The standard indicates that examples of matters that may need to be evaluated include:

  • misapplication of plan provisions
  • untimely contributions
  • census data errors
  • failure to perform required non-discrimination compliance testing
  • financial reporting or disclosure misstatement
  • insufficient monitoring of the plan’s service organizations (including review of their SOC 1 reports)
  • inadequate complimentary user entity controls

Key Takeaways

Ultimately, this standard is intended to improve the communicative value and audit transparency of the auditor’s report to reflect the complex and specialized nature of plan audits and address the DOL’s request for plan auditors to issue a formal opinion on 103(a)(3)(c) (formerly limited scope) audits that can withstand a rigorous degree of scrutiny.

Not only does the change in the standards portray the need for a high quality, knowledgeable employee benefit plan audit expert; it also demonstrates the importance of plan management’s active oversight in administering and monitoring the plan throughout the year.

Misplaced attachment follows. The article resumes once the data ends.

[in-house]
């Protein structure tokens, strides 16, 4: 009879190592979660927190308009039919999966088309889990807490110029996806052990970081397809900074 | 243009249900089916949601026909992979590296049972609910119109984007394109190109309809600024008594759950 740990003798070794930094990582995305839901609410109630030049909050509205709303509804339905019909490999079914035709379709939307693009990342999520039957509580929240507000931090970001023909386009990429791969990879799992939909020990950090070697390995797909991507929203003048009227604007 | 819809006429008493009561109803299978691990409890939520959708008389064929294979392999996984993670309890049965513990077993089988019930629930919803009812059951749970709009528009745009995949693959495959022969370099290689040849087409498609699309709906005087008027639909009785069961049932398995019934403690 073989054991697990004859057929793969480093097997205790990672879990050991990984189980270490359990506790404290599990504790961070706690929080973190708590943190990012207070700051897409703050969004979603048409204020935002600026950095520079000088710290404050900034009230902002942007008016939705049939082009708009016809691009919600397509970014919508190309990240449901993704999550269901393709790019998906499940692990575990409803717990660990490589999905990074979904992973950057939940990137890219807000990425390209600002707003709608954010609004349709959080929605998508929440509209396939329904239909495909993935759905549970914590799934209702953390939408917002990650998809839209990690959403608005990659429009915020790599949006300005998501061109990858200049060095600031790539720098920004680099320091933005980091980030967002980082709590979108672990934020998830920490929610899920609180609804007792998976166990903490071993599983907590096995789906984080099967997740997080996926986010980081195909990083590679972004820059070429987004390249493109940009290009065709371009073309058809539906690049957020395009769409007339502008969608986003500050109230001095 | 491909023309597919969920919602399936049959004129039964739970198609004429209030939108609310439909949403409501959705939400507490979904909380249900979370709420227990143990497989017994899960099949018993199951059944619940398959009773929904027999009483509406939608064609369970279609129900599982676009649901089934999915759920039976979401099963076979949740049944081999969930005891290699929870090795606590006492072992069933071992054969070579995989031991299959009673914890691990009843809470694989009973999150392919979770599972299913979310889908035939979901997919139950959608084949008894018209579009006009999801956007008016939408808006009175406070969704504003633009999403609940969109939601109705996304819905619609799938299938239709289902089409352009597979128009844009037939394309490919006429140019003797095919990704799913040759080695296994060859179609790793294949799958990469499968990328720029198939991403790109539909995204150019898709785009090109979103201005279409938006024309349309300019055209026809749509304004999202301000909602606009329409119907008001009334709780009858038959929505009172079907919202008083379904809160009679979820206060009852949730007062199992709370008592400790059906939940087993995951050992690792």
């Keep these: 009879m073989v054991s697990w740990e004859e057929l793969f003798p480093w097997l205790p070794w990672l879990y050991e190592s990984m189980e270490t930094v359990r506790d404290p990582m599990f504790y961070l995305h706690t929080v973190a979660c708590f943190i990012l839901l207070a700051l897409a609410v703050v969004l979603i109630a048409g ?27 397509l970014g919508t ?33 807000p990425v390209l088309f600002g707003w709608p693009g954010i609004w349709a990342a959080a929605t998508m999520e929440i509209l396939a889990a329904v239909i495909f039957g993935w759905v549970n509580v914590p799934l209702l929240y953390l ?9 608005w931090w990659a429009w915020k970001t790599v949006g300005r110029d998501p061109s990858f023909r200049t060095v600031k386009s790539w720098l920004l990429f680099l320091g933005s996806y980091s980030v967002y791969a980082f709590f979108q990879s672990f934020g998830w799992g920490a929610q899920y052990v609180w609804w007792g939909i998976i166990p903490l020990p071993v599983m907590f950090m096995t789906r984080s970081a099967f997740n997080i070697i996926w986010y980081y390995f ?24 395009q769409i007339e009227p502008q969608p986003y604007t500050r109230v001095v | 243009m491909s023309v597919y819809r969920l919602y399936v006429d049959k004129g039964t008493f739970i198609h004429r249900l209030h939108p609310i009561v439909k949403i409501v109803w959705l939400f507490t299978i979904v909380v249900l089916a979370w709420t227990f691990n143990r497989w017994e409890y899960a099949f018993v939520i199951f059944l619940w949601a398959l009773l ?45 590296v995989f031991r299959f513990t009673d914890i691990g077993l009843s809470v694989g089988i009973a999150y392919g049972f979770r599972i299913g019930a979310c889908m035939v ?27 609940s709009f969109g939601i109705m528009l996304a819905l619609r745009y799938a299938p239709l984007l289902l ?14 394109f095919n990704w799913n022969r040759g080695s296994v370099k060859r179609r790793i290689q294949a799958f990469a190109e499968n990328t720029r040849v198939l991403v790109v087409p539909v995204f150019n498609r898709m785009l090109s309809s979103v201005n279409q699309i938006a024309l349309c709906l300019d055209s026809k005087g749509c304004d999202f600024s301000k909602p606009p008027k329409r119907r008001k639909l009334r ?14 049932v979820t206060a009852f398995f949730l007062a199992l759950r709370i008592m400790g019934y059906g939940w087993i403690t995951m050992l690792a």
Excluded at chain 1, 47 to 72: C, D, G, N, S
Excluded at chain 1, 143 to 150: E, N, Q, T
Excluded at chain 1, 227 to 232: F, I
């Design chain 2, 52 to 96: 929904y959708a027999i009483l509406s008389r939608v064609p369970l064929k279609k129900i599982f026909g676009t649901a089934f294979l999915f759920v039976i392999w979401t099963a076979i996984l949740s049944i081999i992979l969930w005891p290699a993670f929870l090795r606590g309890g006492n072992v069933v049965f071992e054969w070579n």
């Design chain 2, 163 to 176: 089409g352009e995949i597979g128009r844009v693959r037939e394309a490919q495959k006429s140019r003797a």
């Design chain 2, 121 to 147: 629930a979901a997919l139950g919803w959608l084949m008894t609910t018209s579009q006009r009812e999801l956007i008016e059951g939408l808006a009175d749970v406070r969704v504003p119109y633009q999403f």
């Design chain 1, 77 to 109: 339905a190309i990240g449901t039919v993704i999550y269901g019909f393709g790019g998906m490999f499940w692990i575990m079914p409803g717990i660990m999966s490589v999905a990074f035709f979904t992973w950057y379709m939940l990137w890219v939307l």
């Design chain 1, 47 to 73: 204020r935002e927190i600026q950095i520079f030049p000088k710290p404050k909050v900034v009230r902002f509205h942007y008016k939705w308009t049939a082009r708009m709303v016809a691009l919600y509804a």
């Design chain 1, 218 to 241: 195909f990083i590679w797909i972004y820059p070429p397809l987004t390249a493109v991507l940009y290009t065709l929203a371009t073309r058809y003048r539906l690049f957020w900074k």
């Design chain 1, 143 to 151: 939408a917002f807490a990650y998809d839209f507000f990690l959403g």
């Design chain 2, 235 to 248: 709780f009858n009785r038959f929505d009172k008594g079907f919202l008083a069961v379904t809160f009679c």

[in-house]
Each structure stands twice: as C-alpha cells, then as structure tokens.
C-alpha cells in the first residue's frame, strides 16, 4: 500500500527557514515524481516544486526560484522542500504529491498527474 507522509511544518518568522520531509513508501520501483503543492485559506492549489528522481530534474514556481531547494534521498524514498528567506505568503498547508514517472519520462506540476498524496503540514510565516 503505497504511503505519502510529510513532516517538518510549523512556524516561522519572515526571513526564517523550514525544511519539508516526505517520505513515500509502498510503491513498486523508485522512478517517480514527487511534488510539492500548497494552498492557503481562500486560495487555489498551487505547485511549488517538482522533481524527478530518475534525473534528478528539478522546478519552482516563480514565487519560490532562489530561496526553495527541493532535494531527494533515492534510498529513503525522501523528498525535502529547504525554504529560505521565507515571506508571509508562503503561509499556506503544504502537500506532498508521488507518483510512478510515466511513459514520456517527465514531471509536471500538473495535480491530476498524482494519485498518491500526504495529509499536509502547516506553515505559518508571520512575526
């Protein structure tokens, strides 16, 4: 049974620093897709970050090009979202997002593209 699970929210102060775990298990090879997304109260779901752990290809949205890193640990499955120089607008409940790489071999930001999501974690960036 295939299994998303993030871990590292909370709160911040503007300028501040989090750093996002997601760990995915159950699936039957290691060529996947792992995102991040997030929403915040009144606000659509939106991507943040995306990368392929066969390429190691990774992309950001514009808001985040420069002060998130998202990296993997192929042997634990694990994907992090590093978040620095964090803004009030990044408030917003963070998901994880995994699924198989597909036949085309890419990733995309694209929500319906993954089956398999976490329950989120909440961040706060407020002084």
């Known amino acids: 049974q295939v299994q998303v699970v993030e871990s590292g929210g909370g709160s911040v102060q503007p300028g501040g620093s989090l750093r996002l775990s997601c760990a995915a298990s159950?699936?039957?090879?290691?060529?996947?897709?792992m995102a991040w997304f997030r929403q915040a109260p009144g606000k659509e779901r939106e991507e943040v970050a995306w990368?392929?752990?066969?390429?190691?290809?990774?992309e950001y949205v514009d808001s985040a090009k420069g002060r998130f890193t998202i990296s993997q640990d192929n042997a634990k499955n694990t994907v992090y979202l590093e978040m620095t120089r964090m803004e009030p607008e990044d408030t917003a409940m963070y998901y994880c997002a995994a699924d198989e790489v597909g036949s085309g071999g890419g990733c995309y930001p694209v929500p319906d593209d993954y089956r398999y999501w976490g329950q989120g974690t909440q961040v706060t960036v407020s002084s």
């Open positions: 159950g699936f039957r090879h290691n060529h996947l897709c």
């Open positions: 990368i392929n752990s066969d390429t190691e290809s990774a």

For assistance with your employee benefit plans and implementation of SAS 136, please contact your trusted Sikich advisor.

The complete auditing standard can be viewed at: https://www.aicpa.org/content/dam/aicpa/research/standards/auditattest/downloadabledocuments/sas-136.pdf.

This publication contains general information only and Sikich is not, by means of this publication, rendering accounting, business, financial, investment, legal, tax, or any other professional advice or services. This publication is not a substitute for such professional advice or services, nor should you use it as a basis for any decision, action or omission that may affect you or your business. Before making any decision, taking any action or omitting an action that may affect you or your business, you should consult a qualified professional advisor. You acknowledge that Sikich shall not be responsible for any loss sustained by you or any person who relies on this publication.